The Penn surgeons first heard about Zion when the Baltimore boy went to Philadelphia’s Shriners Hospital for Children to get fitted for better hand prostheses, since his existing ones impeded his functioning worse than not using prostheses at all. Doctors at Shriners reached out to Levin and Chang to see if they would consider him for a transplant.
That was about a year and a half ago, and the Penn team was being very deliberate with their screening process, hoping to find the perfect candidate for what was still a very new and costly procedure. But after careful consideration, they concluded Zion fit the bill.
One key element in their decision was the fact that the boy was already taking immunosuppressant medication because of a kidney transplant when he was four. Normally, doctors weigh the benefits of transplant surgery against the risks associated with that medication, which patients must take to prevent the rejection of transplanted organs. The fact that Zion was already on it eliminated a major concern.
“The thing that made him special, aside from his personality, was he already had a kidney transplant,” says Chang, adding that the boy’s maturity and excellent family support figured strongly into the decision. “That was really what popped him up on our radar. He turned out to be as close to an ideal candidate as we could have found.”
Once Zion was listed for a transplant with the United Network for Organ Sharing (UNOS), there were still many hurdles to clear. Levin and Chang had to create a new hand-transplant program at CHOP, where they worked closely with doctors to have the procedure endorsed from an ethical standpoint. Meanwhile, since Zion is an African-American child, Chang estimated that there were probably only about 15 potential donors across the entire country that would be a right match in terms of skin color and size. The pool was limited even further by the fact that the organ needed to be within a two-to-three hour flight from Philadelphia.
And yet, in what Chang would later call a “shock” to everyone, it took only three months on the wait list for the hands to be procured. One day later, Zion was whisked in from Baltimore and the surgery began, with team members dropping whatever they were doing to be there for the historic operation.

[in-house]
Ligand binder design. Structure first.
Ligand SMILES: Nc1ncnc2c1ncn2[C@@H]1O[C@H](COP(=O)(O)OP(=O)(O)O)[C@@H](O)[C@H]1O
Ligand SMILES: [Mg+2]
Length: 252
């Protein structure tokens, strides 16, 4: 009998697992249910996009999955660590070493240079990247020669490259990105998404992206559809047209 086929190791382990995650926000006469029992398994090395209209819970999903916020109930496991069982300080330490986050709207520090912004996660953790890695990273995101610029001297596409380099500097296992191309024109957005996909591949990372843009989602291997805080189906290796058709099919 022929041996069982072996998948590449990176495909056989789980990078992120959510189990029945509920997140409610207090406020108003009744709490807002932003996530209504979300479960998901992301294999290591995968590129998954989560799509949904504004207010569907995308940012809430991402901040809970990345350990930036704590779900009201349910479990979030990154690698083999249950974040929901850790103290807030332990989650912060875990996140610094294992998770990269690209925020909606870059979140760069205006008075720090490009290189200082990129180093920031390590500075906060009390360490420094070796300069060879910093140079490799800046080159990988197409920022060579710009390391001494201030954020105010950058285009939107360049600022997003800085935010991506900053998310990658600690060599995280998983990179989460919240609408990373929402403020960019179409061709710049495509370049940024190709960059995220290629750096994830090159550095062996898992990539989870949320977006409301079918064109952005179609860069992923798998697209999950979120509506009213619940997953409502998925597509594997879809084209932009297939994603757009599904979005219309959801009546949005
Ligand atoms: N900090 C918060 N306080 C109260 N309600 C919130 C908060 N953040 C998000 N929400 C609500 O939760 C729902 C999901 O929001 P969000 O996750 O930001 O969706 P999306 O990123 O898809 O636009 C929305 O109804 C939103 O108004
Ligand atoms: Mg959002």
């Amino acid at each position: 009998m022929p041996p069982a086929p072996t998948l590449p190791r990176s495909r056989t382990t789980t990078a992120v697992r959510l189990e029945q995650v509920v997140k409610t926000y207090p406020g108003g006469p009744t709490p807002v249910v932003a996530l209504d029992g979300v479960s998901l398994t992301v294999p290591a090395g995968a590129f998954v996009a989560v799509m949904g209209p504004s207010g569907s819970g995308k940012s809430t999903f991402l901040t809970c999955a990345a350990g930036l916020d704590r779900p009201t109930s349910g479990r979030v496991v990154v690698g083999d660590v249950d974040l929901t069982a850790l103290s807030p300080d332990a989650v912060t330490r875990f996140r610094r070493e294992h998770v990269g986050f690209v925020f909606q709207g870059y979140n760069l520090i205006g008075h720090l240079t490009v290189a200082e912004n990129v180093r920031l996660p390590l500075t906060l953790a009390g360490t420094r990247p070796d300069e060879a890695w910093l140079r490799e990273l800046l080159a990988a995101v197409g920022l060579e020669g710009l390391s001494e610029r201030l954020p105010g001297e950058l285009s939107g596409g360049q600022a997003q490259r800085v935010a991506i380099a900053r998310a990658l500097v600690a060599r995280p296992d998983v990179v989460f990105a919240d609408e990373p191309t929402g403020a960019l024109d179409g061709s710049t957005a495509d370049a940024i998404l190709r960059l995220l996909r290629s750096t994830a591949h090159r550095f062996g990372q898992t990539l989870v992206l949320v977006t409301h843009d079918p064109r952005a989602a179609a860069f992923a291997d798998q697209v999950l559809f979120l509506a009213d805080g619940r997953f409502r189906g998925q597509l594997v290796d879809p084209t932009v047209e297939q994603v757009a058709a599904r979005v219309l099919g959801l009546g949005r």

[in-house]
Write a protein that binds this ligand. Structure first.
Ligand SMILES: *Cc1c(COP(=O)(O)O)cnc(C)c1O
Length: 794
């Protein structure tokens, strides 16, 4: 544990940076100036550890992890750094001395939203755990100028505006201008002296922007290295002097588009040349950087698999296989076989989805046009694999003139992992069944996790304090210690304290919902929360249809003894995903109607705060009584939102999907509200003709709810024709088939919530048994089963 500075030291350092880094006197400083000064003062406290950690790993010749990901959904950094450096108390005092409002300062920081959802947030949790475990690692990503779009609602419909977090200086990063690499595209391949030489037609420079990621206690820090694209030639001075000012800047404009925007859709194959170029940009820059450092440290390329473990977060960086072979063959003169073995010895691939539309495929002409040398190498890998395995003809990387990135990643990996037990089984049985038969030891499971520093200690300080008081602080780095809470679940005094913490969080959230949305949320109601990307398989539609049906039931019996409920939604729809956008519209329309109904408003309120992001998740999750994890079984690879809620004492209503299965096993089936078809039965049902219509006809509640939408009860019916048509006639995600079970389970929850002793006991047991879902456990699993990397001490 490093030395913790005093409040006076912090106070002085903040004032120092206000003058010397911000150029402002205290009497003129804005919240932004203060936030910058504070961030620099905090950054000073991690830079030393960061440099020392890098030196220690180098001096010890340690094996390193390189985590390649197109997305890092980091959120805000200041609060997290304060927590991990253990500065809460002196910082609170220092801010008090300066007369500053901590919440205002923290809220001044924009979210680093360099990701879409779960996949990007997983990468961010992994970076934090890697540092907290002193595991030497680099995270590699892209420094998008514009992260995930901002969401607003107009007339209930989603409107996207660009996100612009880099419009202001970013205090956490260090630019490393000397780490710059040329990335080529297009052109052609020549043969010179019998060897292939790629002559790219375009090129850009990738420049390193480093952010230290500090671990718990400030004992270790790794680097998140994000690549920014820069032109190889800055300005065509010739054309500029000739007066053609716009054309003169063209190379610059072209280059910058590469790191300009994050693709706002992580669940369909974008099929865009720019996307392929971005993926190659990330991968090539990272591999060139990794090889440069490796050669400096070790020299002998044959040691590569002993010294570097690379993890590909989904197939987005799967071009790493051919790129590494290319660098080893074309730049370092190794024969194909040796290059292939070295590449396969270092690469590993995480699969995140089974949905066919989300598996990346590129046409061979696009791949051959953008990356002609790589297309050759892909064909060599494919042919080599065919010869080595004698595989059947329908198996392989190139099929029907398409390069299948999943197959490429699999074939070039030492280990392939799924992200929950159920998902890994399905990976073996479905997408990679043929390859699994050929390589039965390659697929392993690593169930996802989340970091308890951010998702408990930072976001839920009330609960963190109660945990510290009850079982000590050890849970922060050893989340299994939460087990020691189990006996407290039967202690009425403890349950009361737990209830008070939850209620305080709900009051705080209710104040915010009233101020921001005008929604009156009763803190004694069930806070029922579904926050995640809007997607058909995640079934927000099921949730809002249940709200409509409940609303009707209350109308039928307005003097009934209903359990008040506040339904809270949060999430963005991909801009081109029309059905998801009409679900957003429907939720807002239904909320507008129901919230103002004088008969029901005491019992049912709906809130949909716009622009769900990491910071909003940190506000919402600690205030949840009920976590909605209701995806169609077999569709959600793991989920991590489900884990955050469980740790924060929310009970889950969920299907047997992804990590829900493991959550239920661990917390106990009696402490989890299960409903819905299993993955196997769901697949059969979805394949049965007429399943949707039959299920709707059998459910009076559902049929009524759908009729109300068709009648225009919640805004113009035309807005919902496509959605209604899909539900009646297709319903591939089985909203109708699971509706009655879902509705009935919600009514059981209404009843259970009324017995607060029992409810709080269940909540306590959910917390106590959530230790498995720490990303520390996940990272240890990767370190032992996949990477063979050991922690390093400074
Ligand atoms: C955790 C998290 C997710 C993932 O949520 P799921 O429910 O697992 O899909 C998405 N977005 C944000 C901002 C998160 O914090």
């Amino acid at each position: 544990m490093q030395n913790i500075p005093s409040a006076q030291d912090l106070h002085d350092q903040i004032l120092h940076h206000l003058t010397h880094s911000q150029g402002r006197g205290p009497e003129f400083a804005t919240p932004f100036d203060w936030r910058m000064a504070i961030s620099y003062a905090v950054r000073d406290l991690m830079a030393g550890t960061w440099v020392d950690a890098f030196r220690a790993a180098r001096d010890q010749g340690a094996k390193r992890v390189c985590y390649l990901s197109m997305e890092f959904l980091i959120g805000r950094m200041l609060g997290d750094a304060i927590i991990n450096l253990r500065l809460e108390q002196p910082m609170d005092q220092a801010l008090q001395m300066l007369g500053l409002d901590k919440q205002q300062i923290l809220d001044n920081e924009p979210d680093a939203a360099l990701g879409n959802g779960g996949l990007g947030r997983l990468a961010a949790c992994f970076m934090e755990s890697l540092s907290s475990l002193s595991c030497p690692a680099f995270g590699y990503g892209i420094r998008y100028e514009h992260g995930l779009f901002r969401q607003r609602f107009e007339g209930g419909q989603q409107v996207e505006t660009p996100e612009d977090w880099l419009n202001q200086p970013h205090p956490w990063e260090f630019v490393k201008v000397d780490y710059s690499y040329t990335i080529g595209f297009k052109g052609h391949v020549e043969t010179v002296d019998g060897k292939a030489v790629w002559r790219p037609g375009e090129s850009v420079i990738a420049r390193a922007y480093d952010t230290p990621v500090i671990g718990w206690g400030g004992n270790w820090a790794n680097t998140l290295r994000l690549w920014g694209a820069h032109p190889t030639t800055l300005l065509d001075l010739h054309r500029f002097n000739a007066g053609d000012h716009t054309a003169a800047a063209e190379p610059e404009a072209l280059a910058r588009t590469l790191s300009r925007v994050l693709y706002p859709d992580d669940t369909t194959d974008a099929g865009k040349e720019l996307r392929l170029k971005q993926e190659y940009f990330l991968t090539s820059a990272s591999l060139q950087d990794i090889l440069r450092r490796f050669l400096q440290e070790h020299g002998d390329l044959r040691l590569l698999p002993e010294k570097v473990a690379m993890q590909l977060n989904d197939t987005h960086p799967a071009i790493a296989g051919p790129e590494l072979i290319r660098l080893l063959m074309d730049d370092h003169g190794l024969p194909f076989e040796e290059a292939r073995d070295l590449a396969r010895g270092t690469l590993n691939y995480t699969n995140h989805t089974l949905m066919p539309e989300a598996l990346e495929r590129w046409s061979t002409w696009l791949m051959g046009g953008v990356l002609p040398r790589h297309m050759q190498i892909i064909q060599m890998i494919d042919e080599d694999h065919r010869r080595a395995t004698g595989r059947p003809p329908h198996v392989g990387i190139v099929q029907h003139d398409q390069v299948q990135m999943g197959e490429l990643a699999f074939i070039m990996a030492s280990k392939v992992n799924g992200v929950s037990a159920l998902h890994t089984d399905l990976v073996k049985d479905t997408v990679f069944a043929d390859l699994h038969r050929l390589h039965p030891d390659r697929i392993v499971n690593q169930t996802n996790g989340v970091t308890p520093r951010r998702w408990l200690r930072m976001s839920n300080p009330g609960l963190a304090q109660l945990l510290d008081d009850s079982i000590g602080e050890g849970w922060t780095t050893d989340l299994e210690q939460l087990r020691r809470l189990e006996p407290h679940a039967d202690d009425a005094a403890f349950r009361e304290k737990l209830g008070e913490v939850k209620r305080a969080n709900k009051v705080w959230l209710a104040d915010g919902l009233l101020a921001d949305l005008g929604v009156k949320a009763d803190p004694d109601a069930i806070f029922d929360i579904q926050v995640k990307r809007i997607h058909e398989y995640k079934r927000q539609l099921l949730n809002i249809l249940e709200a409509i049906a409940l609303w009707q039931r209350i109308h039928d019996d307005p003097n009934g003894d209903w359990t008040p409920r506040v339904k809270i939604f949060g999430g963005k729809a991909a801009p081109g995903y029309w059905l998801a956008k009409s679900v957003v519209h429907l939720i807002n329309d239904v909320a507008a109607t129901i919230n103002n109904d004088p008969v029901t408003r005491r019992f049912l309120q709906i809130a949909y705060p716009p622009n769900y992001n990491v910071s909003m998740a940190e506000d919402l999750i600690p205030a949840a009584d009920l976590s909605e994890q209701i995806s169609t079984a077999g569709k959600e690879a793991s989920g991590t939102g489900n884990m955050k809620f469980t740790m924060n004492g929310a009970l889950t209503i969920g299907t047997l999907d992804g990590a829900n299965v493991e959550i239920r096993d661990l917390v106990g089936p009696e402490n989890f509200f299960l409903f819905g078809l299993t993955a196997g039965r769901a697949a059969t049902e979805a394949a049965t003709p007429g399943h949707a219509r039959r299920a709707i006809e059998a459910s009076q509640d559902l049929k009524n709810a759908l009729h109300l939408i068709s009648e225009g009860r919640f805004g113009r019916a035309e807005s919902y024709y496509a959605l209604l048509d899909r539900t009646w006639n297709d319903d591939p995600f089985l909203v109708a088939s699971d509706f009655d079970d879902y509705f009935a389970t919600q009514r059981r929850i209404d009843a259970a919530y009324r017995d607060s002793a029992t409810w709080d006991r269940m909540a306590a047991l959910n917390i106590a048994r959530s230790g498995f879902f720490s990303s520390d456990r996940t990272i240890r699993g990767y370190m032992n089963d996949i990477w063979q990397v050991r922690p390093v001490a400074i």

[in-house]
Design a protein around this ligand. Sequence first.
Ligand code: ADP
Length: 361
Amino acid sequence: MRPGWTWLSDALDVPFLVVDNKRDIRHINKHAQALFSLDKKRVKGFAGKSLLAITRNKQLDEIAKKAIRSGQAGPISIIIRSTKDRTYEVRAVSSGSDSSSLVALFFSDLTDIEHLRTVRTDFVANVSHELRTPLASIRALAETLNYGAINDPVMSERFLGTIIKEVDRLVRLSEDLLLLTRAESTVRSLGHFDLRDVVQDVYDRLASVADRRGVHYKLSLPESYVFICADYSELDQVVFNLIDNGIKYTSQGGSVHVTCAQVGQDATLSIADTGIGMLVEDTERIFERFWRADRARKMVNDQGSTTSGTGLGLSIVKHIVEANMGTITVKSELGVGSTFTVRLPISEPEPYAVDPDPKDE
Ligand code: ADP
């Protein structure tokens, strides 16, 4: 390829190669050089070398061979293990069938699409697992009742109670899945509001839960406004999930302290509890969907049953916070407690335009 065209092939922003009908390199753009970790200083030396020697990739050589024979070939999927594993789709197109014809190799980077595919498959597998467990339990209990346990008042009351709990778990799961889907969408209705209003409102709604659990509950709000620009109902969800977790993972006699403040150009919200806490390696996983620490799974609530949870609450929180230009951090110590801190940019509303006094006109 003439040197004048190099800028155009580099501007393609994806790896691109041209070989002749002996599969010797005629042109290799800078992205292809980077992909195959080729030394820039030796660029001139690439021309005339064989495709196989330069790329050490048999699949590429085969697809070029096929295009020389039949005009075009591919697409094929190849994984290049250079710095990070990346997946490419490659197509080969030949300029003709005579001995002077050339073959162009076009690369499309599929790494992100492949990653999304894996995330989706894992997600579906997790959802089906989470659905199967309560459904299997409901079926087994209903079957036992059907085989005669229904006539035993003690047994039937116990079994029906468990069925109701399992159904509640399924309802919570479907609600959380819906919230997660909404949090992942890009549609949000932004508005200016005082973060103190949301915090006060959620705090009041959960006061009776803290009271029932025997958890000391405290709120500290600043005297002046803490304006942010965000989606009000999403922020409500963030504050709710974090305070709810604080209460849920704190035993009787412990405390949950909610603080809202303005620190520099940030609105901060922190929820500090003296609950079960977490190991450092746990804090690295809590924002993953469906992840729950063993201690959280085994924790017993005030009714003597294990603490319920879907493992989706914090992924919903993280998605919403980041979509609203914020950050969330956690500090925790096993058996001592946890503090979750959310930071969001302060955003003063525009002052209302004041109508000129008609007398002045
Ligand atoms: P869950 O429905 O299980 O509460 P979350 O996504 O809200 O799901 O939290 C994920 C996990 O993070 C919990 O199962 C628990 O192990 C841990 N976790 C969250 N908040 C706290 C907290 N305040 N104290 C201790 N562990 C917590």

“I think many surgeons had to leave clinics early, had to cancel surgeries, had to cancel surgeries the next day,” says hand-transplantation coordinator Christine McAndrew, who rushed to the hospital while on maternity leave. “It just goes to show the dedication of the entire team. There was a very happy and energetic vibe the entire night.”
Levin later admitted there was a complication in the surgery. About an hour after Zion got to the intensive care unit following the transplant, they had to take him back to the operating room to redo an artery because he lost blood flow in one of his hands. But the OR team members were prepared to handle that, having gathered several times for rehearsals and following a detailed step-by-step playbook that’s needed to connect bones, blood vessels, nerves, muscles, tendons, and skin from the forearm to new hands.
Everyone knew their specific role and everyone remained calm. Perhaps even more remarkable was how calm Zion was, both leading up to the surgery and in the days and weeks after.
“The first time I saw Zion [after the surgery], he was drowsy but he gave me a smile right away and waved his hand,” says McAndrew, who coordinated the eight-year-old’s pre-operative evaluation and now manages his post-operative care, talking to him and his mother on the phone daily. “His mother was shocked. She said, ‘Chrissy, that’s the first time he waved to anyone with that hand.’”